Severity of haze 'due to 5-year cycle' of dry weather

RIAU - Travelling from one hot spot to another this past week, we kept hearing the same message from Indonesian officials and experts alike: This is the worst haze ever.

It certainly feels that way. The mercury has been rising steadily as more hot spots have been reported.

On Monday, the temperature in Pekanbaru, Riau's provincial capital, hit a record 37 deg C, the highest in 42 years.

There were more than 435 hot spots in Sumatra, 265 of which are in Riau.

So why is the haze this year worse than in previous years?

It has to do with the "five-year cycle", according to Forestry Minister Zulkifli Hasan.

"Every five years, the weather becomes extremely dry. The wind is also much stronger and moves in a circular motion. So, when there is burning, fire spreads very quickly," he explained.

"Due to the dry season, it takes time for firefighters to locate the water sources. By the time water is irrigated to the hot spots, the fire would have spread," he added. "The fire spreads much faster than the firefighters can put it out."

Mr Jaafar Arit, head of Bengkalis' disaster management agency, has a similar assessment, noting that strong and swirling winds have helped to spread the fires.

"The winds are so strong that the burning leaves could be blown up to 500m away, land on another plot of land and spread the fire," he said.

The Straits Times team has visited four hot spots in Dumai city and in the regencies of Bengkalis and Rokan Hilir. A quarter of the hot spots reported in Riau were detected in Rokan Hilir district.

Even though rain has been reported in Dumai and Bengkalis district since cloud-seeding operations began last Saturday, Pekanbaru-based meteorologist Ardhitama does not think the minor downpours, which lasted for just 30 minutes, would have much effect on the burning peatlands.

"Only natural rain that lasts two to three hours across the entire Riau province can clear the haze," he said.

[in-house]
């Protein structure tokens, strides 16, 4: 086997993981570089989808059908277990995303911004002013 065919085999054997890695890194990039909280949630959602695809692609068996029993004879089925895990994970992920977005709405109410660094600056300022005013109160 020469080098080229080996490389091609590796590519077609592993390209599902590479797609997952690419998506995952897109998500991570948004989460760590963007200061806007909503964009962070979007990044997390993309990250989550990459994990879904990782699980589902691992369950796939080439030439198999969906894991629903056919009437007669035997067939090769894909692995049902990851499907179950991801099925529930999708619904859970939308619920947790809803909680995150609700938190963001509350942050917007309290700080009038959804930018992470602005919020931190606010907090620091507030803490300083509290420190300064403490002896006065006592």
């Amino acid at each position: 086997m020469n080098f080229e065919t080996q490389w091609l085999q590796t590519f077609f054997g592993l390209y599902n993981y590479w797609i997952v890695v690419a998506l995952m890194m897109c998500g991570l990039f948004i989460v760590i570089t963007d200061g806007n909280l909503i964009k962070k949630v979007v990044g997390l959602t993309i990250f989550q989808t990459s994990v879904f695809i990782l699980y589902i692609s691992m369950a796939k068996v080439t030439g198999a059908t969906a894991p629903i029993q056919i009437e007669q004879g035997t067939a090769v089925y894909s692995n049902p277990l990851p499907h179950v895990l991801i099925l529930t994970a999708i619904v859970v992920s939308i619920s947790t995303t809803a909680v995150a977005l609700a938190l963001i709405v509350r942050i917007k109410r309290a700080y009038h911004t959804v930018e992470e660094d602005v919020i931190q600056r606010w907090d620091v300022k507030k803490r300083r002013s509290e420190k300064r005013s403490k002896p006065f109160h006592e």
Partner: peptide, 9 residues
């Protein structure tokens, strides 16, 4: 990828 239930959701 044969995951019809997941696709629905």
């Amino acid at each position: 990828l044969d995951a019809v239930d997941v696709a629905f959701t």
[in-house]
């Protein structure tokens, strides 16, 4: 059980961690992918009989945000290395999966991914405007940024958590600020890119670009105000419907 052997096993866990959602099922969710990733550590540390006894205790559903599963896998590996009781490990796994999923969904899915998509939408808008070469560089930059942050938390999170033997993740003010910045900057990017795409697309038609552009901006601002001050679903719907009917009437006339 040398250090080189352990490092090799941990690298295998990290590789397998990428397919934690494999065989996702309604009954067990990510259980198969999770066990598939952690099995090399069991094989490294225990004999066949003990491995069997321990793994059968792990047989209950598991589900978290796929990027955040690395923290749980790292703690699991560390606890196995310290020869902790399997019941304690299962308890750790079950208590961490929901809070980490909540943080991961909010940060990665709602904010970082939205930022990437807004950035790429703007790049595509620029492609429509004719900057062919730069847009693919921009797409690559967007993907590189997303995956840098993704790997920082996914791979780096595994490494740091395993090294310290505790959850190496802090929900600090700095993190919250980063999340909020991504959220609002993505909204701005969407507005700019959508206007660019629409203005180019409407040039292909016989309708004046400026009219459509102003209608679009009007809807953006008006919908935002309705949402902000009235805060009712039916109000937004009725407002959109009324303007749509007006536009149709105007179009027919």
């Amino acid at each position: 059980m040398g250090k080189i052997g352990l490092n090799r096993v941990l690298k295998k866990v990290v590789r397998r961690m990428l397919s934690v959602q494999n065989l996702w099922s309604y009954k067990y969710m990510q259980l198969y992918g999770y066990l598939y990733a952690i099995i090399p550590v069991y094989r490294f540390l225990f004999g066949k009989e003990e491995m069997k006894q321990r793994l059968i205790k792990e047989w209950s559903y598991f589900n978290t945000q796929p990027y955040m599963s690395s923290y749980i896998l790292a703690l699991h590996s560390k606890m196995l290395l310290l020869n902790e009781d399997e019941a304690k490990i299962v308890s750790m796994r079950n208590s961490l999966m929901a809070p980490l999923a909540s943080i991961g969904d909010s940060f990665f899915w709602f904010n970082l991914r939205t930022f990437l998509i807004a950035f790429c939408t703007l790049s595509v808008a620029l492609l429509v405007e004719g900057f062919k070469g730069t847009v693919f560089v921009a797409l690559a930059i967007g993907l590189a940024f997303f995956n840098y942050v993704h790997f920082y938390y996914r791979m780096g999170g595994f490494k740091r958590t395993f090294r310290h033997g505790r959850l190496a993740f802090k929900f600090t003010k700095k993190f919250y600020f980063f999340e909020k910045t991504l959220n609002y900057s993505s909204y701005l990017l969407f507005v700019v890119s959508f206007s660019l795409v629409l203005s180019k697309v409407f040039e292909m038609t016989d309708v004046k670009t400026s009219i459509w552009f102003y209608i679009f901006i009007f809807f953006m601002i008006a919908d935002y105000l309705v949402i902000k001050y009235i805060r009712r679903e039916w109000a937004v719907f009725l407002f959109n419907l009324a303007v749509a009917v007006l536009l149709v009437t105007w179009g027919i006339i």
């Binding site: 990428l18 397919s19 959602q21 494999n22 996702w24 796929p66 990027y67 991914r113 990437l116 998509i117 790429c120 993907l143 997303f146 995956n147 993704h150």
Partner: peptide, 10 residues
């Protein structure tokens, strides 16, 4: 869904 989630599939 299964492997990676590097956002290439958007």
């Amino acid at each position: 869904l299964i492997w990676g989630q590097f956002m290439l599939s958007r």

"But there are no cumulus clouds at this time of the year. Hence, cloud-seeding and water- bombing operations would not be fruitful."

Mr Ardhitama thinks the only "solution" is to wait it out until the dry season ends in August.

But not everyone is prepared to be so patient.

The Indonesian Forum for the Environment, one of the country's leading environmental groups, issued a letter yesterday threatening legal action against President Susilo Bambang Yudhoyono for neglect over the haze.

It also threatened to take similar action against three ministries, three governors and the national police chief.

"These (haze-causing fires) have not just happened now, but repeatedly over the past 15 years. Yet, the response has been slow," Mr Muhnur Satyahaprabu, the group's manager for advocacy policy and legal defence, told The Straits Times.

But hours after Dr Yudhoyono publicly apologised for the haze blanketing Singapore and Malaysia, Jakarta showed fresh signs of urgency in tackling the problem.

At Halim airbase in Jakarta yesterday, the Indonesian leader sent off another 1,400 disaster response officials, soldiers, policemen and civil servants to the affected areas in Riau.

Another 1,600 will head there today, said National Disaster Management Agency chief Syamsul Maarif. This will bring the total number of personnel on the ground to more than 5,300.

Dr Syamsul was also seeking assistance from the Foreign Ministry to deploy additional aircraft for water-bombing operations. These aircraft could be rented from Russia, Canada, Australia or South Korea.

"We are looking, and will rent them as fast as we can," he said.

joycel@sph.com.sg

wahyudis@sph.com.sg

Additional reporting by Zakir Hussain in Jakarta


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